Commando issues on sale 11th September 2014.
On the morning of the 28 June 1914, two pistol shots fired in a Sarajevo street had plunged the world into war and pitched men of all nations against one another. In the world’s first truly global conflict soldiers, sailors and airmen found themselves fighting in far-flung battlefields.
In the arid wastes of the Middle East, British troops faced Turks, Germans and Austrians in battles just as wasteful of lives as those on the Western front. This is the story of five British soldiers prepared to put their own lives at risk to save thousands of others.
Men determined to blunt an... Attack In Arabia
As a tribute to those who served during the years 1914-1918 — on land, sea or in the air; at home or abroad — Commando is producing stories of characters caught up in the tumult of the First World War. None of author George Low’s inventions are real people but we’d like to think that the experiences he has imagined for you will not be far away from what actually happened to so many.
Last month, the miners of Messines were deep below the earth digging their way towards enemy lines. Other British soldiers, though, fought under the blazing sun of the Middle East where the land was as much an enemy as the soldiers of the Ottoman Empire who they faced.
I hope you enjoy this and the other stories in the series as much as we have.—Calum Laird, Commando Editor
The series continues in four weeks with In Flanders Skies… Commando No 4747
Story: George Low
Art: Keith Page
Cover: Ian Kennedy
These men had recklessly pursued the blood-cursed painting for itself, and for the military secrets hidden in it. But it hadn’t been called “The Portrait Of Death” for five centuries for nothing...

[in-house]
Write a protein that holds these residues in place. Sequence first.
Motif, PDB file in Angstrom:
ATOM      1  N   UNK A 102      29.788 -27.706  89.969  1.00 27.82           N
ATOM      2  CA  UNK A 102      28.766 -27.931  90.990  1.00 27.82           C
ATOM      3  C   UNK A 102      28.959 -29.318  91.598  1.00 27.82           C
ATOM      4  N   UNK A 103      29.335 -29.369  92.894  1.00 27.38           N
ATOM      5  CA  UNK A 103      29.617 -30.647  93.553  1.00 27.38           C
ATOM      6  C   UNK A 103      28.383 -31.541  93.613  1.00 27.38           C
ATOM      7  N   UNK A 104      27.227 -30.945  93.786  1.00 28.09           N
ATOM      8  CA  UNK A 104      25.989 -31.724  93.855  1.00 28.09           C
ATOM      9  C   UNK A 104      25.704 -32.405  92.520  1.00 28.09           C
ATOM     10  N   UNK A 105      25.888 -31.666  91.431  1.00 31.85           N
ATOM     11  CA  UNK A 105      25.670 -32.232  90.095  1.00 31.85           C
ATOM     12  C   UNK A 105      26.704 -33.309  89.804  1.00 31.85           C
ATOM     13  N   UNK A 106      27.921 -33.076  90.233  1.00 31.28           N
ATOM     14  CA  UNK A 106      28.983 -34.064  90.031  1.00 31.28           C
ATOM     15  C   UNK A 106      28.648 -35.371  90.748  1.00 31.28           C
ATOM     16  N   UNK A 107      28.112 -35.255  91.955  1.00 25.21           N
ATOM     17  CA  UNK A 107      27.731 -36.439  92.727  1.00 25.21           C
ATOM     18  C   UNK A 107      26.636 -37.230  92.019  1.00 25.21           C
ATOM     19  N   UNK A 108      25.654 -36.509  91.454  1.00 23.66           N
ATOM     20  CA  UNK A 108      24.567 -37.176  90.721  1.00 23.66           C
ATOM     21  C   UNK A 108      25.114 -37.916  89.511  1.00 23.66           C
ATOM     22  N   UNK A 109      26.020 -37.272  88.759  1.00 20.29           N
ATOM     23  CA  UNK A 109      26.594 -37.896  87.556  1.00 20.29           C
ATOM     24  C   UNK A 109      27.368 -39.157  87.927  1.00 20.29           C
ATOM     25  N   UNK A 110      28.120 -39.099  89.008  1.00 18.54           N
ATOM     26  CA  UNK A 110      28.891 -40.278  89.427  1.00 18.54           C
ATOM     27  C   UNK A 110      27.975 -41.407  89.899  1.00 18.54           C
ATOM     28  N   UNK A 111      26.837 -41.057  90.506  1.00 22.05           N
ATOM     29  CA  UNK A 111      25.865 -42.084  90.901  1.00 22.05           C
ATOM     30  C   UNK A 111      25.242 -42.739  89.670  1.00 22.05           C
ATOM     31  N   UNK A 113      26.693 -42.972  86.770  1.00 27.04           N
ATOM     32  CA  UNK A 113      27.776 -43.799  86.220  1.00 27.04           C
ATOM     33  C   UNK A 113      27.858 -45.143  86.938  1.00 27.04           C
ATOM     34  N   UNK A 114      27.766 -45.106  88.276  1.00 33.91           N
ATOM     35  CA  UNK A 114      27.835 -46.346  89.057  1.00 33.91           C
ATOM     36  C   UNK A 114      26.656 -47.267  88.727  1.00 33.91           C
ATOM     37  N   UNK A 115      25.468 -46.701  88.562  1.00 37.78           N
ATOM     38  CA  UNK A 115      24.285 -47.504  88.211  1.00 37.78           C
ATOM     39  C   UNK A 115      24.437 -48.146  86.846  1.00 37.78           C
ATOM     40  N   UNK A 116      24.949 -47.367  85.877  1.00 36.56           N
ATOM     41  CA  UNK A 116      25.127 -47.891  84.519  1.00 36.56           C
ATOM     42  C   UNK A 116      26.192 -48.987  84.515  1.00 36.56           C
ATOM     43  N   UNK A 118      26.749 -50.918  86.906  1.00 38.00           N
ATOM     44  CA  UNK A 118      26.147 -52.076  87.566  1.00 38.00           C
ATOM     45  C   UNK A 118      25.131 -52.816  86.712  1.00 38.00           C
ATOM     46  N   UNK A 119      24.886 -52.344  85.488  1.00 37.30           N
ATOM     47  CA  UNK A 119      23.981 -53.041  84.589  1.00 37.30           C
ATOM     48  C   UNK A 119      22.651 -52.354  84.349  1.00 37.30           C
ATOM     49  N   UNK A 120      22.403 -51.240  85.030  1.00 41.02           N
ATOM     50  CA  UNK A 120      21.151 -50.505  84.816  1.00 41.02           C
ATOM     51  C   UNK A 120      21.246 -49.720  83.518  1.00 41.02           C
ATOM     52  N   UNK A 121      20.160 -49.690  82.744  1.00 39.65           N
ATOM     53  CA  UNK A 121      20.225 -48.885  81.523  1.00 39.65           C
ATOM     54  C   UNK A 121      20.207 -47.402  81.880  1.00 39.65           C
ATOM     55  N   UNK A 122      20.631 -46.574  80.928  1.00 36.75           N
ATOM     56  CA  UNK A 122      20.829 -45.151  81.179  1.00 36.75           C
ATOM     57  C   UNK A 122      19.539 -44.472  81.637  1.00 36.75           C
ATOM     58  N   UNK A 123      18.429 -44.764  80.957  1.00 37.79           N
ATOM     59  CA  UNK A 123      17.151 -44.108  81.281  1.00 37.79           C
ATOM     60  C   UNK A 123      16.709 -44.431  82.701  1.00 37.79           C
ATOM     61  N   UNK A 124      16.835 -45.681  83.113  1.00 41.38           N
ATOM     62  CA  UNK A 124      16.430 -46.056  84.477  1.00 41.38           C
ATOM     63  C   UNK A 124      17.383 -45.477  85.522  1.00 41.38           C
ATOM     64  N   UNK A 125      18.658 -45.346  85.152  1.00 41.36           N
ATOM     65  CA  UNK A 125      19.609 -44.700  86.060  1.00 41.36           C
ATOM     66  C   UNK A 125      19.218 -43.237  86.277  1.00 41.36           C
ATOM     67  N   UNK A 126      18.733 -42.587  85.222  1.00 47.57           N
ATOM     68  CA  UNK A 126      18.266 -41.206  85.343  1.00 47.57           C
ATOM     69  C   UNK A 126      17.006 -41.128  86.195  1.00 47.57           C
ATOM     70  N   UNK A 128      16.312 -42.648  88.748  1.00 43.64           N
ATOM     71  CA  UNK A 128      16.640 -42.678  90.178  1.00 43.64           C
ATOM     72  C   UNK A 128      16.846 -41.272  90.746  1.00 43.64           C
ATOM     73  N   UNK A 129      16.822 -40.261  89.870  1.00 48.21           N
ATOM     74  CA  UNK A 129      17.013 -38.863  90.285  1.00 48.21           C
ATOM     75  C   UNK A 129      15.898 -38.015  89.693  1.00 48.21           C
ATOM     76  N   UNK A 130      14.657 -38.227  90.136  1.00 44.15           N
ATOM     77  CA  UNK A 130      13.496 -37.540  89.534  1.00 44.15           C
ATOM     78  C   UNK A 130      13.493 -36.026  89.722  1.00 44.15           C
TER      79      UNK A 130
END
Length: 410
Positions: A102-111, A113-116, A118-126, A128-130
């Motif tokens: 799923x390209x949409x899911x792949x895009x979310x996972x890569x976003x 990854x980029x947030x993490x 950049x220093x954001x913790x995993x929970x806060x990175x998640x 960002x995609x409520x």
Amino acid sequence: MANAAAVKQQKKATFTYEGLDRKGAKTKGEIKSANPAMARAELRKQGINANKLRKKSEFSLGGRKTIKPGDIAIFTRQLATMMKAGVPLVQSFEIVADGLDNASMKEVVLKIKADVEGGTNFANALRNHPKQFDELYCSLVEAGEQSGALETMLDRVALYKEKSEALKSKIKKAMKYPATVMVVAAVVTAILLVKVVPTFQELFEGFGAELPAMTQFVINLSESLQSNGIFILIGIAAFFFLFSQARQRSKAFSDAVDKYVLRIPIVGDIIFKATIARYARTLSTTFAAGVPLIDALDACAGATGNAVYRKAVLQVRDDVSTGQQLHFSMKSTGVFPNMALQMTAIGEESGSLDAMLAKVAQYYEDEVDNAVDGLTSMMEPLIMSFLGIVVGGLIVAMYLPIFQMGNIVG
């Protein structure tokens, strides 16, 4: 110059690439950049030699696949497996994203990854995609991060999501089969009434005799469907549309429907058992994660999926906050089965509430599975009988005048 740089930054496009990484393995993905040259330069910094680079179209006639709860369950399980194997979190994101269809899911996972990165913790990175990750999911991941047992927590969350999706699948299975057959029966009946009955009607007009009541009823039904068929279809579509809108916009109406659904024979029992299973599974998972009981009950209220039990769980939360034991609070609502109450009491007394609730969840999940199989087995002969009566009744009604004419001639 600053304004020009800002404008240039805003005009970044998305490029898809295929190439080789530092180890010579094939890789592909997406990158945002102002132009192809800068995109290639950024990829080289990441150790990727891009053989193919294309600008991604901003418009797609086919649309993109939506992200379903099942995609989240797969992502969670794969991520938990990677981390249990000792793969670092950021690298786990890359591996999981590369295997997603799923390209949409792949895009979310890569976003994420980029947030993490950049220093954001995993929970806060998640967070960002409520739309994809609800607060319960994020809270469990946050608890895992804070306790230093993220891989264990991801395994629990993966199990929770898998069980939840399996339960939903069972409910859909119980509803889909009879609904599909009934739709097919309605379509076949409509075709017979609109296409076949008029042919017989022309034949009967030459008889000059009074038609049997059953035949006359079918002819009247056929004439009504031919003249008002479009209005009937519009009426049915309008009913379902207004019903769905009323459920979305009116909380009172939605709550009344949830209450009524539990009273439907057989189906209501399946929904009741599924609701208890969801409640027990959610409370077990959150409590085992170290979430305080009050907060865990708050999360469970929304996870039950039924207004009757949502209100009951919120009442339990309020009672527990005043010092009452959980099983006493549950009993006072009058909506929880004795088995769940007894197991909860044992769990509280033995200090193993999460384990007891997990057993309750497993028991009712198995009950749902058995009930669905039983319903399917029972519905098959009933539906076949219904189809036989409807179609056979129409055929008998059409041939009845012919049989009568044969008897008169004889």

So, what have we here? A cursed portrait whose evil has brought death throughout history. That seems straightforward enough, but keep your eye on the plot because there a few extra threads woven into the canvas of this one. Eric Hebden’s stories usually give full value and this one’s no exception. The inside art by Cortes — one of some 29 he did for Commando — you’ll be pleased to her is a lot clearer than the plot. Crisp, definite lines and shading only where it’s absolutely needed give a very clear read.
Ken Barr’s cover couldn’t be clearer either. It tells you exactly what you’re going to get.
Every picture tells a story…as they say.—Calum Laird, Commando Editor
Story: Eric Hebden
Cover: Ken Barr
Originally Commando No 120 (Jun 1964), re-issued as No 655 (June 1972)
Second-Lieutenant Ashley Windsor was a good-natured type but a bit naive and impulsive. Serving with an infantry regiment in India, he was the butt of many a joke amongst his fellow officers — especially when he hinted that he was a (very) distant relative to Queen Victoria.
This silly remark set off an extraordinary chain of events, including a small war against a scheming local tribal leader — who thought he would end up rich if he could capture a member of the British Royal Family!
Story: Ferg Handley
Cover: Janek Matysiak
The photo-reconnaissance Spitfire flew so high and so fast, that it was considered safe from German fighters. Except, that is, when the enemy was an Me262 jet piloted by Max von Mellenburg.
Max had flown Luftwaffe planes over Britain and Russia with deadly success. Now he was preparing to defend the skies of his homeland as the Allies closed in for the final battle.
Brought to you by a trio of top Commando contributors, this sterling air story features a premise which, when used sparingly, can be very effective, as Alan Hebden shows here. For a change, we are firmly on the side of a German hero — a Luftwaffe pilot who has no allegiance to the arrogant and cowardly Nazis.
There are stunning aircraft illustrations throughout from Jose Maria Jorge, and Ian Kennedy’s Me262 jet is so dynamically drawn that it looks set to practically soar off the front cover.—Scott Montgomery, Deputy Editor
Story: Alan Hebden
Art: J.M. Jorge
Cover: Ian Kennedy
Originally Commando No 2263 (March 1989), re-issued as No 3787 (February 2005)